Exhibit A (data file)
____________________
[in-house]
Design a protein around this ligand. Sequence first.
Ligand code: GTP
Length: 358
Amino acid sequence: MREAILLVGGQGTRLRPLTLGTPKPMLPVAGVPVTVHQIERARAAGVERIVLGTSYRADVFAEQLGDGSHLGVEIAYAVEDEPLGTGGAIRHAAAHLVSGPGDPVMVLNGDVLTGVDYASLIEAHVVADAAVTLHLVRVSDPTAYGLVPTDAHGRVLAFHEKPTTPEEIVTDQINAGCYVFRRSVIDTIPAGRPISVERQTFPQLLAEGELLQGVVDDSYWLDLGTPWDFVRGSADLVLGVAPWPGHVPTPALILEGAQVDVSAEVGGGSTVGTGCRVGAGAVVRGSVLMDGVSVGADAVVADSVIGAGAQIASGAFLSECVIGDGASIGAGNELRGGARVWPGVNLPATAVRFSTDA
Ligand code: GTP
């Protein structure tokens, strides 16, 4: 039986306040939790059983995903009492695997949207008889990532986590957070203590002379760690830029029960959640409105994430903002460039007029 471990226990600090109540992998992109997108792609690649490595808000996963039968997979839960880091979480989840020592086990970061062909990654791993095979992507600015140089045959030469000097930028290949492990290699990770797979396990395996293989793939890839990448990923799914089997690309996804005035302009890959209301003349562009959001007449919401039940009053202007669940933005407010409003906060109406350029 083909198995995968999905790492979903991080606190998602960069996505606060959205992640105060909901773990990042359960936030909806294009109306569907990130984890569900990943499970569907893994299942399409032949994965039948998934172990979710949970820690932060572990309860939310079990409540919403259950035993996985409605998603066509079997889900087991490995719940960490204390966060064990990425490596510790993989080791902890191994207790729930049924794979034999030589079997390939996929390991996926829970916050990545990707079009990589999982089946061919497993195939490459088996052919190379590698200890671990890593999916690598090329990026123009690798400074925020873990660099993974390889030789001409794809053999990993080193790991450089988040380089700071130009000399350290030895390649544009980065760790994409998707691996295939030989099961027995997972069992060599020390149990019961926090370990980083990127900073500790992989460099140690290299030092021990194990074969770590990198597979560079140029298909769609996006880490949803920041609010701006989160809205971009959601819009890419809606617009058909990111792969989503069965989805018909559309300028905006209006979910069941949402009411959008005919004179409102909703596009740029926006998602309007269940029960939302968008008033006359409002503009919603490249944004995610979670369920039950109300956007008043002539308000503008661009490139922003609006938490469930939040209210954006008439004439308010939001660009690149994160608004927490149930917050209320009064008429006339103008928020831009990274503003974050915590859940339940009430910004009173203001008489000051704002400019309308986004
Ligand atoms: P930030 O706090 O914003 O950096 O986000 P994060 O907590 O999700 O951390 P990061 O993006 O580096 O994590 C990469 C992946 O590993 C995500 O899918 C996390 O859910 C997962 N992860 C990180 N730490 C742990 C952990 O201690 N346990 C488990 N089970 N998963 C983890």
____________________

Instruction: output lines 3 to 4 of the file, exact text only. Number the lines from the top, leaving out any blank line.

Ligand code: GTP
Length: 358